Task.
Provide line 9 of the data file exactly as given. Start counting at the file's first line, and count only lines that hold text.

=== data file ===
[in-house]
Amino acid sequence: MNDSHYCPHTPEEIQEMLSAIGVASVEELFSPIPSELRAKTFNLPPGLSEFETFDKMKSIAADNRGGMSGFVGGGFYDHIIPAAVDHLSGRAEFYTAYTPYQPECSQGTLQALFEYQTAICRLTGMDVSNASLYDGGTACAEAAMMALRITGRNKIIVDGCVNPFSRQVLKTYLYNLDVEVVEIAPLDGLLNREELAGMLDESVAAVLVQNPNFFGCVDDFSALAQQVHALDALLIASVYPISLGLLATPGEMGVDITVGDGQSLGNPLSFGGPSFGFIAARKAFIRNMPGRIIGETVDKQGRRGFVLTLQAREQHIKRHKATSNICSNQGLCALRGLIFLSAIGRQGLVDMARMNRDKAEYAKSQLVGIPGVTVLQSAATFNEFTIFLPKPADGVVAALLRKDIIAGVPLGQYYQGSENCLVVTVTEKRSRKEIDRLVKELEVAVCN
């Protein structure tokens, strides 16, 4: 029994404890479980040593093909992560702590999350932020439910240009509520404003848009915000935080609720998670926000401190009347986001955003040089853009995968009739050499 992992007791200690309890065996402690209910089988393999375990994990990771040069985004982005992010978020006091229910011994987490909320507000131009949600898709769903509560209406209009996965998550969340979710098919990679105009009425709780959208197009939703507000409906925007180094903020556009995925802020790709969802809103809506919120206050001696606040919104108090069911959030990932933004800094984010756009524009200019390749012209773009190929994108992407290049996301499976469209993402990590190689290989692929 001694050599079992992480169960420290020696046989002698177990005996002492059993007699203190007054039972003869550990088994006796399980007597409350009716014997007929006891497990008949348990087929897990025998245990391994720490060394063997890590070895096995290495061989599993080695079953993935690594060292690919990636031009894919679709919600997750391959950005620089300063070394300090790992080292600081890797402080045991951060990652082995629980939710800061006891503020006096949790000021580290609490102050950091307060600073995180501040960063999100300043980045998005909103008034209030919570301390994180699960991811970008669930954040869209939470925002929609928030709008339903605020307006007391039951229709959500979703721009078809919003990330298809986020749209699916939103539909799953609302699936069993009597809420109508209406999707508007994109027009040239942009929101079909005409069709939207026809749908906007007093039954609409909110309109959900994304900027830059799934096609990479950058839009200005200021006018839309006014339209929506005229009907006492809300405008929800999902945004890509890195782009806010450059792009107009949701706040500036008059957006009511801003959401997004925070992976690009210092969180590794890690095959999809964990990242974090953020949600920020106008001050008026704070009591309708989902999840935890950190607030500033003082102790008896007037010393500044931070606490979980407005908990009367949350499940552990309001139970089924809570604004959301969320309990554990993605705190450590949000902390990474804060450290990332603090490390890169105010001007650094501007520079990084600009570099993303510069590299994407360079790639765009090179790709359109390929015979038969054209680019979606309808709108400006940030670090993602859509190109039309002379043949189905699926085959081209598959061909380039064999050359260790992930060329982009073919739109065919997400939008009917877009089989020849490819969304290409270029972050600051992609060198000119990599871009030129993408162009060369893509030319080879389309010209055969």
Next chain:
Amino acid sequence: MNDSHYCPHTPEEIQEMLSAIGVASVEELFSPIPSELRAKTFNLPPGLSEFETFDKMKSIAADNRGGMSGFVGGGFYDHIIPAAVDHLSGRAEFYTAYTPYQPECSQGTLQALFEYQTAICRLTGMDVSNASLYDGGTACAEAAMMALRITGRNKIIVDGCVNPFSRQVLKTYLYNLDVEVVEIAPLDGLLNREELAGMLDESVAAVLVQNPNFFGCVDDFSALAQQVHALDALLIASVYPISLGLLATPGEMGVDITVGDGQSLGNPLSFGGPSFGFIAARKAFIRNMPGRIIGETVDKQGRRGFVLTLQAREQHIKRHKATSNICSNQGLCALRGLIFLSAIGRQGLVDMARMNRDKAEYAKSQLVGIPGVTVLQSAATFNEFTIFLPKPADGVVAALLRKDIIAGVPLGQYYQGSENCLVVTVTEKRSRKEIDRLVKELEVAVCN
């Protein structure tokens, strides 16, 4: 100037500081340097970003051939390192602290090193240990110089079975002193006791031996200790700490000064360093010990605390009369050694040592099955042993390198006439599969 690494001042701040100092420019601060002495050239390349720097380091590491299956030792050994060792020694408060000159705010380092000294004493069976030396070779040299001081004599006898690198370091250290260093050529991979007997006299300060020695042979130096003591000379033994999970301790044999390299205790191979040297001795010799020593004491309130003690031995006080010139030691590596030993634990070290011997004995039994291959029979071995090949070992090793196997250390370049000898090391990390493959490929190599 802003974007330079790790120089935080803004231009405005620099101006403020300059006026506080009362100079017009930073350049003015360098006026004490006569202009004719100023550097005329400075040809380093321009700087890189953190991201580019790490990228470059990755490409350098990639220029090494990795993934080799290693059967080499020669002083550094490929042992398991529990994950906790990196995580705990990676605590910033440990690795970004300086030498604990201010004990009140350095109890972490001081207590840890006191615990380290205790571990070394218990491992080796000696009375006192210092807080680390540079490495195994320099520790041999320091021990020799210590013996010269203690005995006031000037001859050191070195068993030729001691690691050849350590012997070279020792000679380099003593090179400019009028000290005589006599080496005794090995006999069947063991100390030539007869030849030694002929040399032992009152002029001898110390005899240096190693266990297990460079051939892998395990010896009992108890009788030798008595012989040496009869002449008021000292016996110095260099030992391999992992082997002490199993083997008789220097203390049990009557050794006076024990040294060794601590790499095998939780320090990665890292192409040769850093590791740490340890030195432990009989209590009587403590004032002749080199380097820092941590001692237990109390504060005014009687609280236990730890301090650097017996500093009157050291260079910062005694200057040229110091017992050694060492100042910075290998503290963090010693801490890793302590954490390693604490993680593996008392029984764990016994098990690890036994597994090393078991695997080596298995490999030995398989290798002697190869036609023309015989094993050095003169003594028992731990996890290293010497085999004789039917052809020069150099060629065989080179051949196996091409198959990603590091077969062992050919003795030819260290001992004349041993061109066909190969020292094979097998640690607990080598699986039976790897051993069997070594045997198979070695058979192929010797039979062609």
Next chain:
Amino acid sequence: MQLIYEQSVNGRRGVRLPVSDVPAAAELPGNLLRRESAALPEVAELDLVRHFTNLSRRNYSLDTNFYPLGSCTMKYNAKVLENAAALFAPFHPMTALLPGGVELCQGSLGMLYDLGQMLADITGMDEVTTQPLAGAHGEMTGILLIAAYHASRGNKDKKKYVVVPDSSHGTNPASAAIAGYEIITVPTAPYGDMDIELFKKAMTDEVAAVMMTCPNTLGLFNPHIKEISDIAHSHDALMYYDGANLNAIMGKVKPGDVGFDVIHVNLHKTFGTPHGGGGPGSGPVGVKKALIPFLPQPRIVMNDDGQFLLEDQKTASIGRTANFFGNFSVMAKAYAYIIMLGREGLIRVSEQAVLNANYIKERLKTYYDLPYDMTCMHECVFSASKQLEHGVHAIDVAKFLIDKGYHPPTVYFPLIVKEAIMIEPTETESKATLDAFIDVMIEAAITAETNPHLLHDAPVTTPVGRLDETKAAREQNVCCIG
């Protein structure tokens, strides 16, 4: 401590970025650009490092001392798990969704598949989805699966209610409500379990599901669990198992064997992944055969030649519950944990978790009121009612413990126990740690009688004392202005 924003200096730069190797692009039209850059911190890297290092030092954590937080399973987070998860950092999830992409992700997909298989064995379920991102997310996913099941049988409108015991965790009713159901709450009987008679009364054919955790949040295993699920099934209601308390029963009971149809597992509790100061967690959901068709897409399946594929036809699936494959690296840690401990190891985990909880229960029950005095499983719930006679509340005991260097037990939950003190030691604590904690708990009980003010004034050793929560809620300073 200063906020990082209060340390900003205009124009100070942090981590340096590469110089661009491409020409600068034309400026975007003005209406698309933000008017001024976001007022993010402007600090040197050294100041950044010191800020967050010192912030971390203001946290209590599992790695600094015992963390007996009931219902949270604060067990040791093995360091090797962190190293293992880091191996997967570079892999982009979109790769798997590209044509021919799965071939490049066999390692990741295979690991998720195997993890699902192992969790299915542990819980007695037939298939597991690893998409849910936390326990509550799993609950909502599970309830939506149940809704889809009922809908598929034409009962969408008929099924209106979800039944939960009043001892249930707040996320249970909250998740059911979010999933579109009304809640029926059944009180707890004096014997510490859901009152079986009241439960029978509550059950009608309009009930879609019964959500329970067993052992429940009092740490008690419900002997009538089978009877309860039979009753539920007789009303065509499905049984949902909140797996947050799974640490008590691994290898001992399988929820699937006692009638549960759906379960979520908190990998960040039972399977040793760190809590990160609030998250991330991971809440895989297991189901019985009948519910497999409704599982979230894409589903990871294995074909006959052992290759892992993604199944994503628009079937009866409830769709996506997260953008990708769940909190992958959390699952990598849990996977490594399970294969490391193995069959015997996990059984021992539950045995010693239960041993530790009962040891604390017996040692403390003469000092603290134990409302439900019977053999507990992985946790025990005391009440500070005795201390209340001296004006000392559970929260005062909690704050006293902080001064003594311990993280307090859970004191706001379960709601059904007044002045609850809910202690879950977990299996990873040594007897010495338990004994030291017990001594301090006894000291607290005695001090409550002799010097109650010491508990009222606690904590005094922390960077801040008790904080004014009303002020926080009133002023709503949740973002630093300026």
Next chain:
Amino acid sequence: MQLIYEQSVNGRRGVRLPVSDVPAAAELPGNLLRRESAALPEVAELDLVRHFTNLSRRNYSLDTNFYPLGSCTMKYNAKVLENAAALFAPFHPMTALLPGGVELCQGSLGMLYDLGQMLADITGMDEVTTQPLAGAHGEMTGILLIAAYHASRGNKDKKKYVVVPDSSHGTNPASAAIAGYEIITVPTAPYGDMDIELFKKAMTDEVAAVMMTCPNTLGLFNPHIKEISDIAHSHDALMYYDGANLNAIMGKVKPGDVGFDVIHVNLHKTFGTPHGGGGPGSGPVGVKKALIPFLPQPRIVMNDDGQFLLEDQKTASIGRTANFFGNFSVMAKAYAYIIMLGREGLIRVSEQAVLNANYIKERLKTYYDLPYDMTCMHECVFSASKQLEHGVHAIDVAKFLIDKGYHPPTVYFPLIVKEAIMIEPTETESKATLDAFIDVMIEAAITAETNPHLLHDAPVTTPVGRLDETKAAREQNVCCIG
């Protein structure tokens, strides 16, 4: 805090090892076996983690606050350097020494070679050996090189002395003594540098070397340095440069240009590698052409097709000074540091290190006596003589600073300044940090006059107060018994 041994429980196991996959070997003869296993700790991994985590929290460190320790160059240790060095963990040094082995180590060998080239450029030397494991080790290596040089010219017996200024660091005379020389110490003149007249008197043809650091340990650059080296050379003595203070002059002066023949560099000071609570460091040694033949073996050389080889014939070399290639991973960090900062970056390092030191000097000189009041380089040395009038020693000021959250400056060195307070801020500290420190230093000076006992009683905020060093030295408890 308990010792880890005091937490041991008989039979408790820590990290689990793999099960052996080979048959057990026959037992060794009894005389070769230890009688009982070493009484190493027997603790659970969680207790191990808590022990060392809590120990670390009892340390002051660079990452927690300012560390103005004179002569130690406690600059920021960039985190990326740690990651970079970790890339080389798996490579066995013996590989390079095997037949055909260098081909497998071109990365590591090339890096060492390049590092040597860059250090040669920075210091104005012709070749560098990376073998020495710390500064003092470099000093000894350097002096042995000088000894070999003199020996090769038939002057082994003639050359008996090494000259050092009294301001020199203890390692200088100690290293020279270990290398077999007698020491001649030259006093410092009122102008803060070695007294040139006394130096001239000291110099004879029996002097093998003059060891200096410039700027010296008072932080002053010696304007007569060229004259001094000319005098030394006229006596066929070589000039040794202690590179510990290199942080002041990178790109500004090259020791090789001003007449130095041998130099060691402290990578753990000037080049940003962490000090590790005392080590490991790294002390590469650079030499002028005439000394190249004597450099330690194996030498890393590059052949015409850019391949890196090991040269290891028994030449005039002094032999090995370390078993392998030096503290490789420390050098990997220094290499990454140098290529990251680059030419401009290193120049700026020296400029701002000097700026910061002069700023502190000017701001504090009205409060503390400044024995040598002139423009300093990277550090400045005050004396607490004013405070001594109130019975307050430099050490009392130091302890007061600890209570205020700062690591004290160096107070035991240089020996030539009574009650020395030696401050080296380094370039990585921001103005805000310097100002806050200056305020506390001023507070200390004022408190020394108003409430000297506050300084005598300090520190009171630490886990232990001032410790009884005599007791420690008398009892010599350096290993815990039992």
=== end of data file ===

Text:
């Protein structure tokens, strides 16, 4: 401590970025650009490092001392798990969704598949989805699966209610409500379990599901669990198992064997992944055969030649519950944990978790009121009612413990126990740690009688004392202005 924003200096730069190797692009039209850059911190890297290092030092954590937080399973987070998860950092999830992409992700997909298989064995379920991102997310996913099941049988409108015991965790009713159901709450009987008679009364054919955790949040295993699920099934209601308390029963009971149809597992509790100061967690959901068709897409399946594929036809699936494959690296840690401990190891985990909880229960029950005095499983719930006679509340005991260097037990939950003190030691604590904690708990009980003010004034050793929560809620300073 200063906020990082209060340390900003205009124009100070942090981590340096590469110089661009491409020409600068034309400026975007003005209406698309933000008017001024976001007022993010402007600090040197050294100041950044010191800020967050010192912030971390203001946290209590599992790695600094015992963390007996009931219902949270604060067990040791093995360091090797962190190293293992880091191996997967570079892999982009979109790769798997590209044509021919799965071939490049066999390692990741295979690991998720195997993890699902192992969790299915542990819980007695037939298939597991690893998409849910936390326990509550799993609950909502599970309830939506149940809704889809009922809908598929034409009962969408008929099924209106979800039944939960009043001892249930707040996320249970909250998740059911979010999933579109009304809640029926059944009180707890004096014997510490859901009152079986009241439960029978509550059950009608309009009930879609019964959500329970067993052992429940009092740490008690419900002997009538089978009877309860039979009753539920007789009303065509499905049984949902909140797996947050799974640490008590691994290898001992399988929820699937006692009638549960759906379960979520908190990998960040039972399977040793760190809590990160609030998250991330991971809440895989297991189901019985009948519910497999409704599982979230894409589903990871294995074909006959052992290759892992993604199944994503628009079937009866409830769709996506997260953008990708769940909190992958959390699952990598849990996977490594399970294969490391193995069959015997996990059984021992539950045995010693239960041993530790009962040891604390017996040692403390003469000092603290134990409302439900019977053999507990992985946790025990005391009440500070005795201390209340001296004006000392559970929260005062909690704050006293902080001064003594311990993280307090859970004191706001379960709601059904007044002045609850809910202690879950977990299996990873040594007897010495338990004994030291017990001594301090006894000291607290005695001090409550002799010097109650010491508990009222606690904590005094922390960077801040008790904080004014009303002020926080009133002023709503949740973002630093300026």